Attractions in Nyamira County
1. Bonyunyu Dam
Situated in the southwest corner of Nyamira, along the B3 Sotik-Kisii Road, in Gachuba Ward, the planned 35-ms high Bonyunyu Dam crossing Gucha River will be utilized primarily for water reservoir to benefit communities in Nyamira and Kisii County. Work at Bonyunyu began in August 2018 and on completion, which will inevitably modify the native landscape, is also envisioned to amplify touring options in Nyamira as a recreation honeypot. With massive push-backs on the inception, on account of local demonstrations opposing its construction perceived as a steamrolled endeavor with unconvincing benefits, the omens are that Bonyunyu Dam may become for Nyamira what Mwihoti Dam is to Njoro in Nakuru County. Bonyunyu Dam is found about 10 kms north of Keumbu Town.
2. Emanga Ridge
At the crest of the C-shaped road network which loops around Nyamira, close to Kisii Town, is the high-standing Emanga Ridge and the most important cultural landscape in Nyamira and Kisii. Aside from being a magnificent prominence to take in the country, this 100-acres cultural heritage site has withered many eras including the disruptive British Era. It has been widely suggested that Emanga Ridge, separating Kisii and Nyamira counties, was the core of Gusii civilization. A culture that has dominated this region since time immemorial. As it goes, the foremost Abagusii family settled and thrived at Emanga Ridge which is believed to be the ‘ancestral home’ of the Abagusii Community. Consequently, this ridge has always served as a religious shrine. So revered is the Emanga Ridge that the natives of Nyamira (and Kisii) dress to the nines when they call in on it. Visitors to Emanga Ridge in their few hours here can scarcely grasp let alone participate in many of its fascinating interests, yet, on arrival it feels sacred and propitious.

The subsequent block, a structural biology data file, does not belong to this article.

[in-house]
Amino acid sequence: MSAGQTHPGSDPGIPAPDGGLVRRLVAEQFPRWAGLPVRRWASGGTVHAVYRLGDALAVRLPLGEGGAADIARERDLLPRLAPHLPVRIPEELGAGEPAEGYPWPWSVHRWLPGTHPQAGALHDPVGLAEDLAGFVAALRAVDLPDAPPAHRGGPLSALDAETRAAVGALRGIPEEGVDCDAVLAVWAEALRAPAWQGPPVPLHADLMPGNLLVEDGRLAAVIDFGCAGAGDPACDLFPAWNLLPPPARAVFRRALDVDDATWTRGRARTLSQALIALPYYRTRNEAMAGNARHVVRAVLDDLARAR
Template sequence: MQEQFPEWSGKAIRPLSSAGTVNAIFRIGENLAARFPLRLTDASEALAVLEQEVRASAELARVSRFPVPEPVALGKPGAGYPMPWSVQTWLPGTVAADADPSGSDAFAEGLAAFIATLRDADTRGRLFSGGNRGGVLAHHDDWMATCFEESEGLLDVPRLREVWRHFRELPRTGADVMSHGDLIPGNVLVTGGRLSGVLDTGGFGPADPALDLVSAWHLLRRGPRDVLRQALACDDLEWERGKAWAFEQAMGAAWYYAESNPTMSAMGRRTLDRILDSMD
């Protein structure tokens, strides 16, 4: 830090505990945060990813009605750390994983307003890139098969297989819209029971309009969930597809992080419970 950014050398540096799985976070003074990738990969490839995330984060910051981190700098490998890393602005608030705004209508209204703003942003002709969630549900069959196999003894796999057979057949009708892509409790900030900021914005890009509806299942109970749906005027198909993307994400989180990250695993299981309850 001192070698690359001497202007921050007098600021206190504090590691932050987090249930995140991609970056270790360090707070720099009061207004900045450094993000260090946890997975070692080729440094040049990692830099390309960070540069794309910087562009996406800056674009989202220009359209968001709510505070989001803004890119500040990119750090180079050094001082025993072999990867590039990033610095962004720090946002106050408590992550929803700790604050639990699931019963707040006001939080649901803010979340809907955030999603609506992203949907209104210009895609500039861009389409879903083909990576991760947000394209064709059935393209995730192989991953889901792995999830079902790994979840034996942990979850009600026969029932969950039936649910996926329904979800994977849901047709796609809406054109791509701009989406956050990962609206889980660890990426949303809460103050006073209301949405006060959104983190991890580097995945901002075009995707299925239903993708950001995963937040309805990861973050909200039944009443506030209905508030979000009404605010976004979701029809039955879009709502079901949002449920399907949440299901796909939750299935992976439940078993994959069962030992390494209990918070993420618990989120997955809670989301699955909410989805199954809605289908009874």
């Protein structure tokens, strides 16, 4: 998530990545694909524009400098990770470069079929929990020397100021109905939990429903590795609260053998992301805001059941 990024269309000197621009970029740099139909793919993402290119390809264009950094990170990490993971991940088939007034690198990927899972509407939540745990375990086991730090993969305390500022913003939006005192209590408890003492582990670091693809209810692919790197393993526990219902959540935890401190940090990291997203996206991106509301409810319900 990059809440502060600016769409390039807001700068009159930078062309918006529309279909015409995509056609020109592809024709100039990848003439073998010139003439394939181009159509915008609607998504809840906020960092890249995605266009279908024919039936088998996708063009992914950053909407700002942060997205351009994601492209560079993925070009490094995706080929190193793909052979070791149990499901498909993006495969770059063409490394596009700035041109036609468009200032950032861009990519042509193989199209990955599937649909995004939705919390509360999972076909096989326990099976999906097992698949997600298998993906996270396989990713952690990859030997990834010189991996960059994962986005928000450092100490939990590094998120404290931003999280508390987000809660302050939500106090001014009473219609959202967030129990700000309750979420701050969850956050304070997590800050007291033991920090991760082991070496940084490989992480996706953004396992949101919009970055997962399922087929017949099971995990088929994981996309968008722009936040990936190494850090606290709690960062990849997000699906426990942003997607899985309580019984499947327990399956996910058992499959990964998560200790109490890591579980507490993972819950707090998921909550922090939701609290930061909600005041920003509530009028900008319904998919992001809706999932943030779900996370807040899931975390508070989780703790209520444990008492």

3. Manga Hills
The lofty 5 kms long Manga Hills, also named Marongo Hills, are a shared asset between Kisii and Nyamira and where the Emanga Ridge is found. These easy-on-the-eye, verdant hills are not only a pleasing roadside attraction but they are culturally important too. The sporadic volcanic steam eruptions sighted in years gone by at the Manga Hills, in the late 1940’s, only added to their ambiguity and magnetism. Some of the highlights around the fetching Manga Hills include the Emanga Ridge, Rigena rie Manga Rocks, Engoro ya Manga (a spectral endless hole locally assumed to have been linked to Lake Victoria), the landscapes of the Southern areas of Kisii with distance views of the lake region, Ngora Mwaga or the ‘invisible’ Lake Okari, the Igena Monto Rocks, and nearby Ufanisi Resort.
4. Kiabonyuru Hill